Funded by fans, this follow-up to the cult TV show feels a lot like an extended reunion episode. But even those unfamiliar with the series will enjoy the twisty plot and smart dialog, plus the sparky Kristen Bell in the title role. And while there are rather too many characters for a stand-alone movie, they all feed nicely into the central mystery.
After escaping from the run-down seaside town of Neptune, California, nine years ago, Veronica (Bell) has become a New York lawyer. But just as she's on the verge of landing her first proper job, an old friend is murdered back home, waking her investigatory instincts. The worst of it is that her ex Logan (Dohring) is the prime suspect, so Veronica heads home to help him clear his name. Her private eye dad (Colantoni) just rolls his eyes when she slips back into her old mystery-solving role, working with her pals Mac, Weevil and Wallace (Majorino, Capra and Daggs). But three other classmates - Gia, Cobb and Dick (Ritter, Starr and Hansen) - are also involved. And the fact that she keeps putting off her return to New York annoys her boyfriend Piz (Lowell).
The most refreshing thing about this film is the way filmmaker Thomas refuses to play by the usual rules. Bell may have been offered a dream job, but we fully understand why she's blowing it off to help her friends. And the whodunit plot is just intriguing enough to hold our interest: we don't really care who the villain really is, but it's fun to watch Veronica dig through the clues and challenge every level of authority. And the script gleefully stirs in red herrings, side-plots and lots of suspicious-looking characters.
Continue reading: Veronica Mars Review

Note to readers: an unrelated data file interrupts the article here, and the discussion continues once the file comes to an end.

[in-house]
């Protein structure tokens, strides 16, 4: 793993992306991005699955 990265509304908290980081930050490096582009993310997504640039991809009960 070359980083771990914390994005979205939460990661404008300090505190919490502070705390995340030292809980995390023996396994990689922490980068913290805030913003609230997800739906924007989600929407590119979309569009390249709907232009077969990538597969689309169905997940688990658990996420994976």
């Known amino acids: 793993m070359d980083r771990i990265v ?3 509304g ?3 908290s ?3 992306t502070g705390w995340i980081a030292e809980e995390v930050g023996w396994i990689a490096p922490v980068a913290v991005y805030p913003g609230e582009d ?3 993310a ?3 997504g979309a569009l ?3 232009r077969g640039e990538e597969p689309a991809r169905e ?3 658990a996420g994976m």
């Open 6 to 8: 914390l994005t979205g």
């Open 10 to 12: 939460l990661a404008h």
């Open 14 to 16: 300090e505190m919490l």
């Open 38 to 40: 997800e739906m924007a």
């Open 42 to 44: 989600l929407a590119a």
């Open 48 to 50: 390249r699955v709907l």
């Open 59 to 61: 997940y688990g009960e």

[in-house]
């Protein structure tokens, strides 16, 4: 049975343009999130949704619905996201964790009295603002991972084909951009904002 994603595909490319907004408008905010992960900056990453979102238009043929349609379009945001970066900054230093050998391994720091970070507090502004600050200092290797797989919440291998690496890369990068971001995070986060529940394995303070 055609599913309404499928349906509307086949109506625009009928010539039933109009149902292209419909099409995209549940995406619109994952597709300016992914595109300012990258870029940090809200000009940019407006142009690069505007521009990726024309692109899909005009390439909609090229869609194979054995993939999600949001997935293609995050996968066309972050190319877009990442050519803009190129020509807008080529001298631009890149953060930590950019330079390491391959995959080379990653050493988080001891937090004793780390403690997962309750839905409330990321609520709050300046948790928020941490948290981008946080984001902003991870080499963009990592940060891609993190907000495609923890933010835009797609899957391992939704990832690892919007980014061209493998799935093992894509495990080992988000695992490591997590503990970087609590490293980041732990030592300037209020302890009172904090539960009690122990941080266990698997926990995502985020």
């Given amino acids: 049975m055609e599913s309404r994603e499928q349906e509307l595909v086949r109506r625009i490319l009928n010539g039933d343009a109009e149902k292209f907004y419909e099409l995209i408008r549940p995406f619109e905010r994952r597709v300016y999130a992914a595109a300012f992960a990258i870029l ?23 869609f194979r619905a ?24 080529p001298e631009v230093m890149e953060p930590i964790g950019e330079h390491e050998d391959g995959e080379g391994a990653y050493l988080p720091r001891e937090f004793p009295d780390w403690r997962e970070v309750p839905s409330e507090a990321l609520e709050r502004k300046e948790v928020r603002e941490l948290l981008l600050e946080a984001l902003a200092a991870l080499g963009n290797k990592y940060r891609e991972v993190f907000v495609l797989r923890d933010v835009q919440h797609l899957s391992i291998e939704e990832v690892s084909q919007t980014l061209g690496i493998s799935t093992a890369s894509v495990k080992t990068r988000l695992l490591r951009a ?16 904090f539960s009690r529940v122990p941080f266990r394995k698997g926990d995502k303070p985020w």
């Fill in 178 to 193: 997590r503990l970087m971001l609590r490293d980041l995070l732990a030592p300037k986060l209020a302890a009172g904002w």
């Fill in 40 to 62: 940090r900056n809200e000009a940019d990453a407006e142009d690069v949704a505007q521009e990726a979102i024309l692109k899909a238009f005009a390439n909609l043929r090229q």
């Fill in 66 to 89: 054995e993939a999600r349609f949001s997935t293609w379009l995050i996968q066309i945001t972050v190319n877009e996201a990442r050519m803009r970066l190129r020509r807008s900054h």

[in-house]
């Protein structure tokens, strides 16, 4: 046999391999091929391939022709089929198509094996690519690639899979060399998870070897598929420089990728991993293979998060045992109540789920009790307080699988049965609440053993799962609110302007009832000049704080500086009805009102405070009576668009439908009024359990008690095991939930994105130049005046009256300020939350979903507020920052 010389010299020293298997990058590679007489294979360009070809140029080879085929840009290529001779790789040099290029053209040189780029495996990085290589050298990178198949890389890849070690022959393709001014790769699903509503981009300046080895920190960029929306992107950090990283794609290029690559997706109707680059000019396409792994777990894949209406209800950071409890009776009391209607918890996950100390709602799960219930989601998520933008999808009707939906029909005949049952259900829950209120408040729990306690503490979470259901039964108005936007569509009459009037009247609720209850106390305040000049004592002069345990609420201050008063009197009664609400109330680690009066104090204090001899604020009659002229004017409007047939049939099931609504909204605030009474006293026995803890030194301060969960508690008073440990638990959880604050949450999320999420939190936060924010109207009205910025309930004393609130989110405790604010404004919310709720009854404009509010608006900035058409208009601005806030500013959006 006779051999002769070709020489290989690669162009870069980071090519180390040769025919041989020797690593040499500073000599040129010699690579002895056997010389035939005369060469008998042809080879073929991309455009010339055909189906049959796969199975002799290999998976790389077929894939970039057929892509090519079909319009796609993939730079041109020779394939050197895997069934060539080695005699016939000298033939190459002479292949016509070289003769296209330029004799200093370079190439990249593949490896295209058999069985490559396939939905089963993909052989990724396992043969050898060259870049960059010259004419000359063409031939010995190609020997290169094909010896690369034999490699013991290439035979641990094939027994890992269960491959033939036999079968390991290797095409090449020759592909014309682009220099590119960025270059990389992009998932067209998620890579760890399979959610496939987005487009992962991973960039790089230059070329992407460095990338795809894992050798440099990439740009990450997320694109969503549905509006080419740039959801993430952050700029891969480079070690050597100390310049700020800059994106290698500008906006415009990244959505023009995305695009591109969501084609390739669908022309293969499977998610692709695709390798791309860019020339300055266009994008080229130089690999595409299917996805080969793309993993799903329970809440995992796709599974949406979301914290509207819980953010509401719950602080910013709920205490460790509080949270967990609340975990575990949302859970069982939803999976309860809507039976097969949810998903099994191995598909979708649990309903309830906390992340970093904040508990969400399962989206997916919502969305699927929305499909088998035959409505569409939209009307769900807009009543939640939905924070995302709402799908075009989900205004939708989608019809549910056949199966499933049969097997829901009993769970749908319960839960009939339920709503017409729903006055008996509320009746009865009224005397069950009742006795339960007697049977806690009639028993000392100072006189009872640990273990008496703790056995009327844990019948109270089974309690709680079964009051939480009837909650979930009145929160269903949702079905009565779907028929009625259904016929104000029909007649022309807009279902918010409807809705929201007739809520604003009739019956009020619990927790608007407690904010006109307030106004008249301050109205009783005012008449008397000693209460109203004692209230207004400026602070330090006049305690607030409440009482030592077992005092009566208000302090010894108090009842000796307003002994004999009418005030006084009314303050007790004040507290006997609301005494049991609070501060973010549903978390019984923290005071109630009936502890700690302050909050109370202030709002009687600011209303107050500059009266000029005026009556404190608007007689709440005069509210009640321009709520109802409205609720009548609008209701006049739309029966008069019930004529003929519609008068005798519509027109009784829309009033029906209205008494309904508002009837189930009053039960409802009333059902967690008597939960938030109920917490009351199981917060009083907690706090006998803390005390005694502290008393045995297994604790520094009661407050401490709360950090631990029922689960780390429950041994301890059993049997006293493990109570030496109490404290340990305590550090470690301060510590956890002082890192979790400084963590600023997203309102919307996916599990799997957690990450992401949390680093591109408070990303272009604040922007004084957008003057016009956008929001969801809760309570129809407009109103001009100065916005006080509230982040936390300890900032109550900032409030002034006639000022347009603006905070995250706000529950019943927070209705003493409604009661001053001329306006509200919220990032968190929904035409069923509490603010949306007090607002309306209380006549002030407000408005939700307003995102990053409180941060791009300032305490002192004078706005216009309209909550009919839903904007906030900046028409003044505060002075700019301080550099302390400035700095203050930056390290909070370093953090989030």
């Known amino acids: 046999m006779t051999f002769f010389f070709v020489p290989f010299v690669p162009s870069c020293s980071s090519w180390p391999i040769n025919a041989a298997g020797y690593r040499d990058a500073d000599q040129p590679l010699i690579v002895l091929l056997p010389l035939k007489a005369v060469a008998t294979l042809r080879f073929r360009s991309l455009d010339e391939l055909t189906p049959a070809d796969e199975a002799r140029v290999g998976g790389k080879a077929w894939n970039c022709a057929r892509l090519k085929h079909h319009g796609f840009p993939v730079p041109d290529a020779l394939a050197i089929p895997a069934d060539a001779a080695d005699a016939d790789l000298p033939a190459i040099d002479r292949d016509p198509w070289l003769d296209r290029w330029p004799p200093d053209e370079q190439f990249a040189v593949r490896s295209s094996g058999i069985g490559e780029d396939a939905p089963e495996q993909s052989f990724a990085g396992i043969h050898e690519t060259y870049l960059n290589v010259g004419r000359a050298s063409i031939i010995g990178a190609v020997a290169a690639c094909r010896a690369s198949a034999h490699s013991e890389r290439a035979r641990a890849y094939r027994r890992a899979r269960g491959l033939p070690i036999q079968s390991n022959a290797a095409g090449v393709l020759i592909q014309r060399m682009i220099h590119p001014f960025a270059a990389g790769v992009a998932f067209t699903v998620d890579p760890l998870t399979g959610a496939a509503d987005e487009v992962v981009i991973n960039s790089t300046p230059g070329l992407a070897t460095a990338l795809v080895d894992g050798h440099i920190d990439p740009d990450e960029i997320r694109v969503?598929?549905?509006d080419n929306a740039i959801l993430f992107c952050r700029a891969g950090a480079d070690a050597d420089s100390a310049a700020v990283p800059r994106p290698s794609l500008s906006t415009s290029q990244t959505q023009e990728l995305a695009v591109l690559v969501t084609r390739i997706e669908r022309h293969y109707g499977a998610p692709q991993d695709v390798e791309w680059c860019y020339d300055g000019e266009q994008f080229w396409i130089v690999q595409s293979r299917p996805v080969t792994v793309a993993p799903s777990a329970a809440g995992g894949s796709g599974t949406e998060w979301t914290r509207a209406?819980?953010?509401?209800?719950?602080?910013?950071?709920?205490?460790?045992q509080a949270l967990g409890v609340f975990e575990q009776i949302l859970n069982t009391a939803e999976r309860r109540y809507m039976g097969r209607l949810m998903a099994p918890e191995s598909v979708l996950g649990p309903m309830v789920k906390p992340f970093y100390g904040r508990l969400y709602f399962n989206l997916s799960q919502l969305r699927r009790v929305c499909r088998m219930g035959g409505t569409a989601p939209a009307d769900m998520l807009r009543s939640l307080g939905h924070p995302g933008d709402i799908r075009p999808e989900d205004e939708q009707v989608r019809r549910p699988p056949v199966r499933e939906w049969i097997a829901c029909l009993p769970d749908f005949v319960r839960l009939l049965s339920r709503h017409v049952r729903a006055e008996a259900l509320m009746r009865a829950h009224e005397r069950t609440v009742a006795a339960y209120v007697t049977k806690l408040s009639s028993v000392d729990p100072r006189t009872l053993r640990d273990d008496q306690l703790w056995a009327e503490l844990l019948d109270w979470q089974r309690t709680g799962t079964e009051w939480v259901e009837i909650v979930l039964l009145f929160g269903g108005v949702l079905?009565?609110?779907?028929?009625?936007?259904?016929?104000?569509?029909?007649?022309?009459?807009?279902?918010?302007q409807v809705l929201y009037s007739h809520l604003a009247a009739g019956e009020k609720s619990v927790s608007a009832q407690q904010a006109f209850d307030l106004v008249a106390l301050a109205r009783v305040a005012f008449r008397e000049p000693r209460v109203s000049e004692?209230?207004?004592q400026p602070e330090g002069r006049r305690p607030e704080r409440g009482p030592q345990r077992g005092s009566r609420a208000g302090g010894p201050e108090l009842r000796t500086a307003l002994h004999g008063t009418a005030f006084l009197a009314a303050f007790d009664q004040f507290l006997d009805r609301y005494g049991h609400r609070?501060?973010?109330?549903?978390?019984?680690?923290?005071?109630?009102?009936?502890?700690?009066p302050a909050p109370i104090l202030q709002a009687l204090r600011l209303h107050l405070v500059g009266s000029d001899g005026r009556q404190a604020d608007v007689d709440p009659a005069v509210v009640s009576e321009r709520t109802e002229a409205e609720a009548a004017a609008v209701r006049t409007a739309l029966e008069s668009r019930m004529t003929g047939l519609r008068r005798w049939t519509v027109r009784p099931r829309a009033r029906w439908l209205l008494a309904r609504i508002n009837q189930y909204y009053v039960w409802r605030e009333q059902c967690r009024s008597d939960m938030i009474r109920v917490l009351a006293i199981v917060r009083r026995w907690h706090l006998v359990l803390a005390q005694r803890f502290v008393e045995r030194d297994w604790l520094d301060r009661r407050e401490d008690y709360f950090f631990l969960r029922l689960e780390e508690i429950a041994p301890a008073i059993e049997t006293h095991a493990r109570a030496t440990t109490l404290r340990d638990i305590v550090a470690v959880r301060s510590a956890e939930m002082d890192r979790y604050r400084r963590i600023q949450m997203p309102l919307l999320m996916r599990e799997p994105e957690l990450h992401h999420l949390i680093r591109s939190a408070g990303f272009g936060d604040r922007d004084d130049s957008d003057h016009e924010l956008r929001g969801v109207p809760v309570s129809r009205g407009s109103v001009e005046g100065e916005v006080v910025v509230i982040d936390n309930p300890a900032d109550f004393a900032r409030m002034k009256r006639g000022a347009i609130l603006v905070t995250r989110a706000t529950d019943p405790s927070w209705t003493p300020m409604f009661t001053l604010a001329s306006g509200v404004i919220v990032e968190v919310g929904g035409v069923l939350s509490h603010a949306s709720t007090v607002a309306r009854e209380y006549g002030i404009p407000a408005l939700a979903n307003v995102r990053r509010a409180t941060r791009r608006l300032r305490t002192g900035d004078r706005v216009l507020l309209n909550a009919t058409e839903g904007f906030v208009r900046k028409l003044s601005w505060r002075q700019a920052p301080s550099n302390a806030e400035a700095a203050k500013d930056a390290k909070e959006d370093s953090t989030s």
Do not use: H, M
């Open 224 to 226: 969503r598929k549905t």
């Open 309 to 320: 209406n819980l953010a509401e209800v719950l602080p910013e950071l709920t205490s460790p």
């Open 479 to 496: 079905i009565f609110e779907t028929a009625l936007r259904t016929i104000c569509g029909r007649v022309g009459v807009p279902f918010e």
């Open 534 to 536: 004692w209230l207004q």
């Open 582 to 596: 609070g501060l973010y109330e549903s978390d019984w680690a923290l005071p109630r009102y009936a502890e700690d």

We leave the scene before Reynolds finds definite answers, but the three primary actors recur in each of the subsequent sections, playing different characters. In Part II, Reynolds is a TV writer trying to cast his actress friend McCarthy (playing a version of herself, a popular supporting player on Gilmore Girls) in a new series over the objections of a network executive (Davis), who wants to hire an actress with a development deal (it goes almost without saying that said actress also happens to be skinnier and more generic, and is played by frequent network TV guest-star Dahlia Salem, and that the character's name is also Dahlia Salem). Later, in Part III, we see Reynolds and McCarthy as characters in that series, with Davis popping up in another vaguely antagonistic part.
Continue reading: The Nines Review
Now available on DVD, the film follows the time-tested "stop the package before it gets to the girlfriend" plot, with Paul Rudd as our hapless cross-country traveller, trying to save the ultimate breakup letter from reaching its intended (Taylor), who turns out (of course) not to be cheating on him. Wacky hijinks ensue -- most of them being quite funny. Larry Drake's even-more-hapless delivery man (on his first day of work) faces off with the deadly duo. A serial killer runs across our hero's path. The gang runs out of money and has to dine and dash (with disastrous effect), and even Witherspoon's car takes a turn for the worse as it plummets from a cliff. This is a Road Trip that works equally well as a date movie (in fact it's one of my wife's favorite guilty pleasures, and mine too for that matter).
Continue reading: Overnight Delivery Review
Superman is missing from the 'Justice League' trailer.
The 'Power Rangers' reminded Elizabeth Banks of that 'team' aesthetic.
Charlie Hunnam has described his odd relationship on the set of 'The Lost City Of Z' with Robert Pattinson, who he "didn't say more than 10 words to...
The two actors worked together on 2003 western 'The Missing'.
Captain America actor Chris Evans has hinted he'd be open to returning for more Marvel movies in the future despite his contract coming up.
'Prison Break' returns in April for a fifth season, but how will Robert Knepper's character T-Bag fit into the folds of the new episodes?